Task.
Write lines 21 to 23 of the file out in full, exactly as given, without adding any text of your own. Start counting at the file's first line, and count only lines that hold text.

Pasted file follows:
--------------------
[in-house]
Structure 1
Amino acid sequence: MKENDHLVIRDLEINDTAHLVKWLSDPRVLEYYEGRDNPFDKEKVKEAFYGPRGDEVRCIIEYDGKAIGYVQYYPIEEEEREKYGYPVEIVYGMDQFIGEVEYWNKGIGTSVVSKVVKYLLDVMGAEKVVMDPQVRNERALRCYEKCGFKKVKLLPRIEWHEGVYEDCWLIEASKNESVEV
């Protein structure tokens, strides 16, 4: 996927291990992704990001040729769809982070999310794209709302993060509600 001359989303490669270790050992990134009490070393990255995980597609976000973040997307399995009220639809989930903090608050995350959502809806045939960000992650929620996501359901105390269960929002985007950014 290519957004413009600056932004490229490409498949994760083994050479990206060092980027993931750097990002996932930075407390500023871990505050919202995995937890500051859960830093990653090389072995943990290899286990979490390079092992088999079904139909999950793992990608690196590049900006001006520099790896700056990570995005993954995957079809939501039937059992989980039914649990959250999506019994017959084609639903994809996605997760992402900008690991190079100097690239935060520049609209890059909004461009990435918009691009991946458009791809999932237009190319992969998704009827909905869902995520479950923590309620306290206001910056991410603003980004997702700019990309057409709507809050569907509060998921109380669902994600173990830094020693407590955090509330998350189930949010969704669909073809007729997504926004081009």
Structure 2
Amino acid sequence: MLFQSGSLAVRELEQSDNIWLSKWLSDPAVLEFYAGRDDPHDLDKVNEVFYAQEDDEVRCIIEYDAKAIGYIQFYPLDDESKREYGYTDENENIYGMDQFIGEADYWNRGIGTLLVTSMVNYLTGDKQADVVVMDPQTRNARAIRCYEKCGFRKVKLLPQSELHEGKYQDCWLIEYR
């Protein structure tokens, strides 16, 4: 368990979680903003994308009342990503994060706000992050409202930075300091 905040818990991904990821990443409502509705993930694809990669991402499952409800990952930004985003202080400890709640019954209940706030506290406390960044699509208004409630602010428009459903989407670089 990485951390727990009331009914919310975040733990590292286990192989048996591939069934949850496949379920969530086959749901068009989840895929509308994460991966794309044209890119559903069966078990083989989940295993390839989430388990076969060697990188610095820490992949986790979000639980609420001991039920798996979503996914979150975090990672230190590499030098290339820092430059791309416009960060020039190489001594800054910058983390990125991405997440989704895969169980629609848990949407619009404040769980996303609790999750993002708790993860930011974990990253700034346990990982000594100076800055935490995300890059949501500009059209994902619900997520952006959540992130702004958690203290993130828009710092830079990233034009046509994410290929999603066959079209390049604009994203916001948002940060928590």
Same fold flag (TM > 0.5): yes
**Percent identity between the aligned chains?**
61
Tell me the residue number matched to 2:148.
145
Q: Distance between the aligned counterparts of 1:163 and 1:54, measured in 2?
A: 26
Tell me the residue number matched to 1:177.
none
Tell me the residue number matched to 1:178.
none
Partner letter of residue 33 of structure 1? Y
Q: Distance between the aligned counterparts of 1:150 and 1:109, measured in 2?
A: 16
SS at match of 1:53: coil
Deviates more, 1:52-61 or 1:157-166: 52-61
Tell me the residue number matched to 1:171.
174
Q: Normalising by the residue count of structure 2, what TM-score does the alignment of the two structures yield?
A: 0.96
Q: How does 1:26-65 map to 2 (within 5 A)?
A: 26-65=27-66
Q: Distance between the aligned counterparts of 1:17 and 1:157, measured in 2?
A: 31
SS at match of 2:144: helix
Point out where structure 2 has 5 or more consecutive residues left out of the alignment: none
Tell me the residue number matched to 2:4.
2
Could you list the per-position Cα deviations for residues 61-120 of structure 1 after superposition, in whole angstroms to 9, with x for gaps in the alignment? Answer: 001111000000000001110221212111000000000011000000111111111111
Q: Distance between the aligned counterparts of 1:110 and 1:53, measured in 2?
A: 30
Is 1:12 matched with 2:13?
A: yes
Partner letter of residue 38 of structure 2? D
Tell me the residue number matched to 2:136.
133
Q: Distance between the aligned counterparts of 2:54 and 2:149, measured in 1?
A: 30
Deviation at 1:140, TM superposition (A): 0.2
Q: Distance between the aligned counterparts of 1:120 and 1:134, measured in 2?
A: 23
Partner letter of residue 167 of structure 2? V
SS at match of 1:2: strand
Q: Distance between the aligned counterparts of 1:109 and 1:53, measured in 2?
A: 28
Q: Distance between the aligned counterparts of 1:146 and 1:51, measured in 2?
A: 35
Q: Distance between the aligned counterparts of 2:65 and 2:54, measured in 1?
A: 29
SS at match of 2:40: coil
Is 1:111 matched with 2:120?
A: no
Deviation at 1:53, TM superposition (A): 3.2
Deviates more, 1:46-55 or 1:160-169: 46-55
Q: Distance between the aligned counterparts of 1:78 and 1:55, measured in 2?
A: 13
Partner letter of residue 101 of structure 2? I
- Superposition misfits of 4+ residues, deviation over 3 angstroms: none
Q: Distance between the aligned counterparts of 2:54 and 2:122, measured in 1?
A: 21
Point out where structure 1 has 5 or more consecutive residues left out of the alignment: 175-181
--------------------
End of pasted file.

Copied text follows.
A: 16
SS at match of 1:53: coil
Deviates more, 1:52-61 or 1:157-166: 52-61